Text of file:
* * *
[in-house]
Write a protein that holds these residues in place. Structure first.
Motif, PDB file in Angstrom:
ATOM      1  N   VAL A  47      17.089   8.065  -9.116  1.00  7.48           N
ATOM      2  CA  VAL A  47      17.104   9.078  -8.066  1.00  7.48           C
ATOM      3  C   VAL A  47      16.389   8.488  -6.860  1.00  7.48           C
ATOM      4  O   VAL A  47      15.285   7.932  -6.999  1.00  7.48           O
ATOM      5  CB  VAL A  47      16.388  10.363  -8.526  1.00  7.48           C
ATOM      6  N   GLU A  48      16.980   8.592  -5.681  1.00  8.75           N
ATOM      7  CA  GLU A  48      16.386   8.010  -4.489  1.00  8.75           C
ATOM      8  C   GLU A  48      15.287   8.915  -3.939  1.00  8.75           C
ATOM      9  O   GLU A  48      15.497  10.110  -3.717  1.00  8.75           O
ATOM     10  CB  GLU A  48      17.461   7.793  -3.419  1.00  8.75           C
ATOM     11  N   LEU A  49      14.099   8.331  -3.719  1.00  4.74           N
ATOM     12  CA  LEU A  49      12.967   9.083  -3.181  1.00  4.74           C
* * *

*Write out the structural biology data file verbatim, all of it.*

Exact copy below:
[in-house]
Write a protein that holds these residues in place. Structure first.
Motif, PDB file in Angstrom:
ATOM      1  N   VAL A  47      17.089   8.065  -9.116  1.00  7.48           N
ATOM      2  CA  VAL A  47      17.104   9.078  -8.066  1.00  7.48           C
ATOM      3  C   VAL A  47      16.389   8.488  -6.860  1.00  7.48           C
ATOM      4  O   VAL A  47      15.285   7.932  -6.999  1.00  7.48           O
ATOM      5  CB  VAL A  47      16.388  10.363  -8.526  1.00  7.48           C
ATOM      6  N   GLU A  48      16.980   8.592  -5.681  1.00  8.75           N
ATOM      7  CA  GLU A  48      16.386   8.010  -4.489  1.00  8.75           C
ATOM      8  C   GLU A  48      15.287   8.915  -3.939  1.00  8.75           C
ATOM      9  O   GLU A  48      15.497  10.110  -3.717  1.00  8.75           O
ATOM     10  CB  GLU A  48      17.461   7.793  -3.419  1.00  8.75           C
ATOM     11  N   LEU A  49      14.099   8.331  -3.719  1.00  4.74           N
ATOM     12  CA  LEU A  49      12.967   9.083  -3.181  1.00  4.74           C